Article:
– credit transactions: 35-59 days overdue within two years, 60-89 days overdue within two years, 90 days overdue within two years

The number of days or more overdue.

– property status: including the number of open-end credit and loans, real estate loans or lines.

– loan attribute: none.

– other factors: including the number of family members of the borrower (excluding myself).

– time window: the observation window of the independent variable is the past two years, and the performance window of the dependent variable is the next two years.

Figure 2-1 variables of original data

# 3, Data preprocessing

Before data processing, it is necessary to understand the missing value and abnormal value of data. Python has the describe() function, which can understand the missing value, mean and median of the data set.

data = pd.read_csv('cs-training.csv') data.describe().to_csv('DataDescribe.csv')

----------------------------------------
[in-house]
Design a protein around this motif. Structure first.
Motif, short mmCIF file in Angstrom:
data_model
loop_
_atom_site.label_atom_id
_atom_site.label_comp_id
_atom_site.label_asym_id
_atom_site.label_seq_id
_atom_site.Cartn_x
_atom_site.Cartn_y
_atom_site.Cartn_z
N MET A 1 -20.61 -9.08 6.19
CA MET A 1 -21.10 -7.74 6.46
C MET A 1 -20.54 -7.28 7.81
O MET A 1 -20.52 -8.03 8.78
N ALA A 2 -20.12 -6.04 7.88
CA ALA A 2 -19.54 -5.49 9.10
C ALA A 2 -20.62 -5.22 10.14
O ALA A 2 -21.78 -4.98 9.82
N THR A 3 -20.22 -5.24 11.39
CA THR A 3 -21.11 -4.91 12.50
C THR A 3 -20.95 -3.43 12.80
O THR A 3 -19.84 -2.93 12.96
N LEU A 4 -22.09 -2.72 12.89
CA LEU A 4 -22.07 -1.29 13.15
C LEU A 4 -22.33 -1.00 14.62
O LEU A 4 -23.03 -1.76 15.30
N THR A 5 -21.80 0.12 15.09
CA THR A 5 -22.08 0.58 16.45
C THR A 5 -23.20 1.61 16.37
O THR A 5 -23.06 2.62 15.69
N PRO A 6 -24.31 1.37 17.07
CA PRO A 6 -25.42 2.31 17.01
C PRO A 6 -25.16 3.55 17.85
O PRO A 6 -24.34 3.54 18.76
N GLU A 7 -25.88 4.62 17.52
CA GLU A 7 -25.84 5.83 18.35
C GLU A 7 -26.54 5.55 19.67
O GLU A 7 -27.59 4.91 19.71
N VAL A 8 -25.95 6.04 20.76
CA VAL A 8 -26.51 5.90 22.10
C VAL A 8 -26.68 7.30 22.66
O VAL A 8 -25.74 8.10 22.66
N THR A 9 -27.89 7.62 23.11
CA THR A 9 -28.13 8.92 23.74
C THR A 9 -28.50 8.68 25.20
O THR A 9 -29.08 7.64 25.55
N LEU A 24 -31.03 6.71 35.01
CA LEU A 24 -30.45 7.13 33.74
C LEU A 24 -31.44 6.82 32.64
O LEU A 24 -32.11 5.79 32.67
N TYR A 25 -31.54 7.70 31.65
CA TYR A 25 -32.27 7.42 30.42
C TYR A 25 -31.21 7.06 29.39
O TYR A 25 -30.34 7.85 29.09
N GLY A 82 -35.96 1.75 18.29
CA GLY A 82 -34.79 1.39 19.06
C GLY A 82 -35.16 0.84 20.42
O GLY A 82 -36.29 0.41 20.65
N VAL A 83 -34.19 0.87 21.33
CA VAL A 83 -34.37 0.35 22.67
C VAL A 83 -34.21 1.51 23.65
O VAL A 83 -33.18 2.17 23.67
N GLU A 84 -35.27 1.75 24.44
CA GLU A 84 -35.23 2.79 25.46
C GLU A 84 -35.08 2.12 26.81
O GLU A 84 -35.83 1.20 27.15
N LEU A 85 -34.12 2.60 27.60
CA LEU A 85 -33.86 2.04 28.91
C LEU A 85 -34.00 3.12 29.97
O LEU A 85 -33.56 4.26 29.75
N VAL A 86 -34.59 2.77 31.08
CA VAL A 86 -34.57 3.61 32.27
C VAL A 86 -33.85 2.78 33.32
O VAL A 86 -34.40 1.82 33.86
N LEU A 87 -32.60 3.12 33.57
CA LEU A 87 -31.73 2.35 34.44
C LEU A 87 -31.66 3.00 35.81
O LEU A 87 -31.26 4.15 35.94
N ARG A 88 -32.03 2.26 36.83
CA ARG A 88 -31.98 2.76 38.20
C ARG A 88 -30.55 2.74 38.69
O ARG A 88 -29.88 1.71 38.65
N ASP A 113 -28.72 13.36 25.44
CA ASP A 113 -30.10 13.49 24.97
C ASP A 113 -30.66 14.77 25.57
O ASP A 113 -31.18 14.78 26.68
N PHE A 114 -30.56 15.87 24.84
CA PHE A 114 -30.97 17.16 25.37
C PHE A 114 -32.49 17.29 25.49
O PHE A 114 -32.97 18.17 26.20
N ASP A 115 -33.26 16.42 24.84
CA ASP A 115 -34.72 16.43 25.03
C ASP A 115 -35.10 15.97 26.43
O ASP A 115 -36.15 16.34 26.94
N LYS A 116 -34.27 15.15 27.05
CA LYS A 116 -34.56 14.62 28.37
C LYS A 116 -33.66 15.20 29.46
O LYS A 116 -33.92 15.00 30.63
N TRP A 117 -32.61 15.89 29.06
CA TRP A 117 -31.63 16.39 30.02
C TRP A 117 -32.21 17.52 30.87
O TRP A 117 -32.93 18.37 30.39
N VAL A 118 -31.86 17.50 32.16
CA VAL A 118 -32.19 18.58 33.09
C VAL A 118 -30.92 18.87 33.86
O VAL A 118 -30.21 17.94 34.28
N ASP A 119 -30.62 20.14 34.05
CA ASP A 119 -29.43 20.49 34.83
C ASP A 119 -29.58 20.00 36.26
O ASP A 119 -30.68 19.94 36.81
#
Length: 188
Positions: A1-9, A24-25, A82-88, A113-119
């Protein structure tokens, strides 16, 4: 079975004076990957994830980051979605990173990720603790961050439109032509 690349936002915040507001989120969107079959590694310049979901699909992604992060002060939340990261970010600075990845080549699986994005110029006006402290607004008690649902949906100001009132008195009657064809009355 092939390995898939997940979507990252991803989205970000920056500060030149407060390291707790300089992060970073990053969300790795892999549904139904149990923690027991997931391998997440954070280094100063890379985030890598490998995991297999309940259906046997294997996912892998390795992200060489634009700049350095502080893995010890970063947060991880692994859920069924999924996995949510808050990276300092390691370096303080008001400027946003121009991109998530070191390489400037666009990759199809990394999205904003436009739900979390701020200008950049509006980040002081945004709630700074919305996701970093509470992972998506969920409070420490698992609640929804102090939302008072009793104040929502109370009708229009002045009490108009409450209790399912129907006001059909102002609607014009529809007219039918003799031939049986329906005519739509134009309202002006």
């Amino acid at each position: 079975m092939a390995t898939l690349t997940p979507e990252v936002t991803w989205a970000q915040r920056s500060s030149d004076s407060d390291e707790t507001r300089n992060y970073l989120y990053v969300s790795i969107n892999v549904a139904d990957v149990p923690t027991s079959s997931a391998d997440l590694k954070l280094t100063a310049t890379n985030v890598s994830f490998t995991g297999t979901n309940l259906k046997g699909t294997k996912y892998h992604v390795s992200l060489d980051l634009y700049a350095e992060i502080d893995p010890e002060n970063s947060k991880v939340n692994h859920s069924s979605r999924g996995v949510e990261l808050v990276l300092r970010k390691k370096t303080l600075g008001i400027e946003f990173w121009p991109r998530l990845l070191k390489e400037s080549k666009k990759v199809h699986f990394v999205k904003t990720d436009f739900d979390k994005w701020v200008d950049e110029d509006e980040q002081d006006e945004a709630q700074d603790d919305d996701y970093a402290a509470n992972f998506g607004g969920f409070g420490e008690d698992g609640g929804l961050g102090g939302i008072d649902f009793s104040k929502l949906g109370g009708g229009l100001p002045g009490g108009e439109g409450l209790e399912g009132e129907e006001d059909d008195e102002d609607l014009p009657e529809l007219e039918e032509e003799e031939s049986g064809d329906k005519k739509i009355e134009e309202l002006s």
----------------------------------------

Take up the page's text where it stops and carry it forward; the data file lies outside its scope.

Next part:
Details of the dataset:

Figure 3-1 variable details

It can be seen from the above figure that the variables MonthlyIncome and NumberOfDependents are missing. The variable MonthlyIncome has 29731 missing values and NumberOfDependents has 3924 missing values.

## 3.1 missing value handling

This situation is very common in practical problems, which will lead to the unavailability of some analysis methods that can not deal with missing values. Therefore, we need to deal with missing values in the first step of credit risk rating model development. Missing value processing methods include the following.

(1) Directly delete samples with missing values.

(2) Missing values are filled according to the similarity between samples.

(3) Fill in the missing values according to the correlation between variables.

The missing rate of the variable MonthlyIncome is relatively large, so we fill in the missing value according to the correlation between variables. We use the random forest method:

def set_missing(df): process_df = df.ix[:,[5,0,1,2,3,4,6,7,8,9]] known = process_df[process_df.MonthlyIncome.notnull()].as_matrix() unknown = process_df[process_df.MonthlyIncome.isnull()].as_matrix() X = known[:, 1:] y = known[:, 0] rfr = RandomForestRegressor(random_state=0, n_estimators=200,max_depth=3,n_jobs=-1) rfr.fit(X,y) predicted = rfr.predict(unknown[:, 1:]).round(0) print(predicted) df.loc[(df.MonthlyIncome.isnull()), 'MonthlyIncome'] = predicted return df